Robert Tanitch reviews the latest DVDs
BLANCHE (Arrow). Walerian Borowczyk’s brilliant 1971 art house movie deserves to be much better known. The ballad-like story, based on a medieval chivalric code of honour, is set in the 13th century. A baron keeps his young wife caged up in his castle. His son, the king and the king’s page lust after her. Ligia Branice is Blanche, totally innocent and yet unwittingly the cause of events which spiral tragically out of control. The great Michel Simon is superb as the old baron. Borowczyk takes his inspiration from the paintings of the period; beautifully photographed, each frame is a pretty picture, full of medieval detail
THE ANGRIEST MAN IN BROOKLYN (Lionsgate). Robin Williams, who died in August at 63, plays a man, who is told by a doctor (Mila Kunis), who is fed up with his rudeness, that he has only 90 minutes to live. What he does and she does in the next 90 minutes is knee-deep in squirm-making sentimentality and just plain silly. It would be much better for fans at this moment in time just to have memories of Robin Williams in such films as Good Morning Vietnam, Dead Poets’ Society, Mrs Doubtfire and Good Will Hunting.
ROYAL CAVALCADE (Network) celebrates King George V’s Jubilee with a very patriotic and very superficial documentary about events between 1910 and 1935 which uses genuine newsreels, archive material and awkward reconstructions with actors. John Mills is probably the best known actor. Lady Astor recreates her first appearance in the House of Commons. There are brief glimpses of Pavlova and Marie Lloyd on stage and it is fascinating to see the huge crowds which gathered outside Buckingham Palace during the king’s illness, waiting for the daily bulletins.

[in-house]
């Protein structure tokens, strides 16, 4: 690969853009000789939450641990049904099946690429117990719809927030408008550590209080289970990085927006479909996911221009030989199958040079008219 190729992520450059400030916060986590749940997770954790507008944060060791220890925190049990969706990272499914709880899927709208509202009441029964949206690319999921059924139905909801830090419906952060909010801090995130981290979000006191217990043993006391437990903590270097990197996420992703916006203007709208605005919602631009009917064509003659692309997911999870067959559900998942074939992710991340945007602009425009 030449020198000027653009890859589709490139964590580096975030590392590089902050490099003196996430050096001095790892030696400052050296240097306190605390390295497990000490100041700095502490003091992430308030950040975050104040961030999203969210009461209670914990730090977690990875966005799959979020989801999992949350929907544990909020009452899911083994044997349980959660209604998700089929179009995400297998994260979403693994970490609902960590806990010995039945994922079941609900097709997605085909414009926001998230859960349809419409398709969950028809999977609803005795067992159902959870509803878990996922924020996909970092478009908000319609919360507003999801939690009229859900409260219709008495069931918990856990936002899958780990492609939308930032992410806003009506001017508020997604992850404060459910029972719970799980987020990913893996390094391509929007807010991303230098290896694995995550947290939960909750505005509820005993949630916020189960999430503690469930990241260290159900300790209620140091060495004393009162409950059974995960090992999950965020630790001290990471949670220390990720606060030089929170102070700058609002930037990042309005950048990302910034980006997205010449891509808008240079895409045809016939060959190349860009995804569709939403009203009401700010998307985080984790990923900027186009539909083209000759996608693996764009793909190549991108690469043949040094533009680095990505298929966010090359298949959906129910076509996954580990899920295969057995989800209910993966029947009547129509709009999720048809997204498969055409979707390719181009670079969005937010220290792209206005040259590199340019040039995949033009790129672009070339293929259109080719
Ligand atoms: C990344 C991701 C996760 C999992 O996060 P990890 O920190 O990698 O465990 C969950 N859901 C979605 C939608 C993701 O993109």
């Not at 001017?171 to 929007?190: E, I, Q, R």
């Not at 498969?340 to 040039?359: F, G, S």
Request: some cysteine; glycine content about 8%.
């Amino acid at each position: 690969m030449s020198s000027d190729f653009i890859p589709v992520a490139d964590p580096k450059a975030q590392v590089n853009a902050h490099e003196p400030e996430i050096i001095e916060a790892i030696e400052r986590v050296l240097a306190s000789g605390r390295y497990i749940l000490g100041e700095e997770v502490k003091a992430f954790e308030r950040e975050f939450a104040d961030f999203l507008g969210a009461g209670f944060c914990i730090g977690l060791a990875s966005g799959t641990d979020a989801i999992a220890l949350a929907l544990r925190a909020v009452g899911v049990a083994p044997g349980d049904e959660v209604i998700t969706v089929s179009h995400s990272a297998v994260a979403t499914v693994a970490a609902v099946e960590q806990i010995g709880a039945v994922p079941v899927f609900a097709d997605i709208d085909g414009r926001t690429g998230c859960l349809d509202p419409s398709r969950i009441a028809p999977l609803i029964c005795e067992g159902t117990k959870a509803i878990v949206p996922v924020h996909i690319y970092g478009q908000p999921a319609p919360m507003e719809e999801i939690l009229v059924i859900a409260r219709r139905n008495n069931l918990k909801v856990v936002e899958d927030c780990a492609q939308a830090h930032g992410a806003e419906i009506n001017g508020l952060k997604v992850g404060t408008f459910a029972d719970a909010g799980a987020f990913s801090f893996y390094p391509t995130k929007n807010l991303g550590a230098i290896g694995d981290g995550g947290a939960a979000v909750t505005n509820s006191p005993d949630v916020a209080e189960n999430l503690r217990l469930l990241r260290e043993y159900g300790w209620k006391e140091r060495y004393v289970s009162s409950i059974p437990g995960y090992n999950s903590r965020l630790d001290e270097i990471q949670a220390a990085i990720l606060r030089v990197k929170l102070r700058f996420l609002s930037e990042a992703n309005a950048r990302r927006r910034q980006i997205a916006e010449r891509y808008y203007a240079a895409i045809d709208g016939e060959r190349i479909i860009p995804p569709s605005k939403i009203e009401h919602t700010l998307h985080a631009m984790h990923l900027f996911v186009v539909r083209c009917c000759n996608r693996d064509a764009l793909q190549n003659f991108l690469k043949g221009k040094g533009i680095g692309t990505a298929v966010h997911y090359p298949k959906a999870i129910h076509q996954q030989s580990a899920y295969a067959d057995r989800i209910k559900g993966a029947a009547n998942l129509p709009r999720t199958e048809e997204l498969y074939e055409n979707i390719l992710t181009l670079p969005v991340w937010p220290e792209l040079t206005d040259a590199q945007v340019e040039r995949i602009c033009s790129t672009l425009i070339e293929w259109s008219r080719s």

THE LAST CHANCE (Network) is a 1937 quota quickie adaptation of a 1930’s play and looks like it. A man (Frank Leighton) is wrongly accused of murder and lands up in prison for life. Since it is very obvious who the murderer is, the only question is when and how he will be caught? A Judge behaves in a shockingly unprofessional way when he finds out who did do it. Billy Milton in a tiny supporting role has such charm you wish the role were bigger.
CONCUSSION (Channel 4). A middle-aged lesbian wife and mother (Robin Weigert) suffers from concussion and decides to become a highly expensive escort. Is this really a good career move? I think I can safely say that this is a woman’s picture. But will women want to see it? Stacie Passon writes and directs. You wait for something exciting to happen; but the film doesn’t go anywhere. It’s just coffee, chat and sex. An awful lot of people are going to be awfully bored.